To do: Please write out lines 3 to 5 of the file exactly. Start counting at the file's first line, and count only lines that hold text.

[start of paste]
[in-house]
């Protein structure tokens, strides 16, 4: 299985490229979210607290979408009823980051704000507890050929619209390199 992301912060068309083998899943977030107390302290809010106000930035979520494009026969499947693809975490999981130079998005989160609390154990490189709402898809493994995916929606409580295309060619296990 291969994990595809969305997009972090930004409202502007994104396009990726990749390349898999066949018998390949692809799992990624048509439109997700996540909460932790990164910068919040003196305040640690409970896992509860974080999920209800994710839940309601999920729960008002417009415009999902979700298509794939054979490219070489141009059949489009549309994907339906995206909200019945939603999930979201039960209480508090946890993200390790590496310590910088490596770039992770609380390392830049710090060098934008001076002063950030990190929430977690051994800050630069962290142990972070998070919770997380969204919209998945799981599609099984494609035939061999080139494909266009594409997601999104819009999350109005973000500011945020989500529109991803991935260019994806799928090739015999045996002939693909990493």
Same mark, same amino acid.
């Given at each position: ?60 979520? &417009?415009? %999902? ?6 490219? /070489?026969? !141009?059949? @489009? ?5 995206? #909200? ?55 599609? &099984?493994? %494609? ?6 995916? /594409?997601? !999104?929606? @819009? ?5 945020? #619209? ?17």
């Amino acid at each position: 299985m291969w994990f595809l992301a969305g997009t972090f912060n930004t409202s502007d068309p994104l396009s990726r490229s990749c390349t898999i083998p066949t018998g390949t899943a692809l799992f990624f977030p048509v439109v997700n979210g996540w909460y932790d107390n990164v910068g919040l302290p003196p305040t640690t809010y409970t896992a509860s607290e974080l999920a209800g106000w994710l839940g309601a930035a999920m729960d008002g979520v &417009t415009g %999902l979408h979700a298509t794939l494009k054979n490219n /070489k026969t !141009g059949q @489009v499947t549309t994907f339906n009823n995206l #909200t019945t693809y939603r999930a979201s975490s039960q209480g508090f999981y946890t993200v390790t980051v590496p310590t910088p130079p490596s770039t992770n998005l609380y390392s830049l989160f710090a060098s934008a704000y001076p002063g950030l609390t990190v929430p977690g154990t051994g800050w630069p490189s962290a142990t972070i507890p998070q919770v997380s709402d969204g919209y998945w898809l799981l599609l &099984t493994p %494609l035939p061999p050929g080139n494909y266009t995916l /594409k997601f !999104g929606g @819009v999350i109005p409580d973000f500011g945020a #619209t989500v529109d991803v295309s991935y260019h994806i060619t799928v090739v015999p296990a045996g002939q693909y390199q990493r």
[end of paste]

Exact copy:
Same mark, same amino acid.
């Given at each position: ?60 979520? &417009?415009? %999902? ?6 490219? /070489?026969? !141009?059949? @489009? ?5 995206? #909200? ?55 599609? &099984?493994? %494609? ?6 995916? /594409?997601? !999104?929606? @819009? ?5 945020? #619209? ?17």
């Amino acid at each position: 299985m291969w994990f595809l992301a969305g997009t972090f912060n930004t409202s502007d068309p994104l396009s990726r490229s990749c390349t898999i083998p066949t018998g390949t899943a692809l799992f990624f977030p048509v439109v997700n979210g996540w909460y932790d107390n990164v910068g919040l302290p003196p305040t640690t809010y409970t896992a509860s607290e974080l999920a209800g106000w994710l839940g309601a930035a999920m729960d008002g979520v &417009t415009g %999902l979408h979700a298509t794939l494009k054979n490219n /070489k026969t !141009g059949q @489009v499947t549309t994907f339906n009823n995206l #909200t019945t693809y939603r999930a979201s975490s039960q209480g508090f999981y946890t993200v390790t980051v590496p310590t910088p130079p490596s770039t992770n998005l609380y390392s830049l989160f710090a060098s934008a704000y001076p002063g950030l609390t990190v929430p977690g154990t051994g800050w630069p490189s962290a142990t972070i507890p998070q919770v997380s709402d969204g919209y998945w898809l799981l599609l &099984t493994p %494609l035939p061999p050929g080139n494909y266009t995916l /594409k997601f !999104g929606g @819009v999350i109005p409580d973000f500011g945020a #619209t989500v529109d991803v295309s991935y260019h994806i060619t799928v090739v015999p296990a045996g002939q693909y390199q990493r």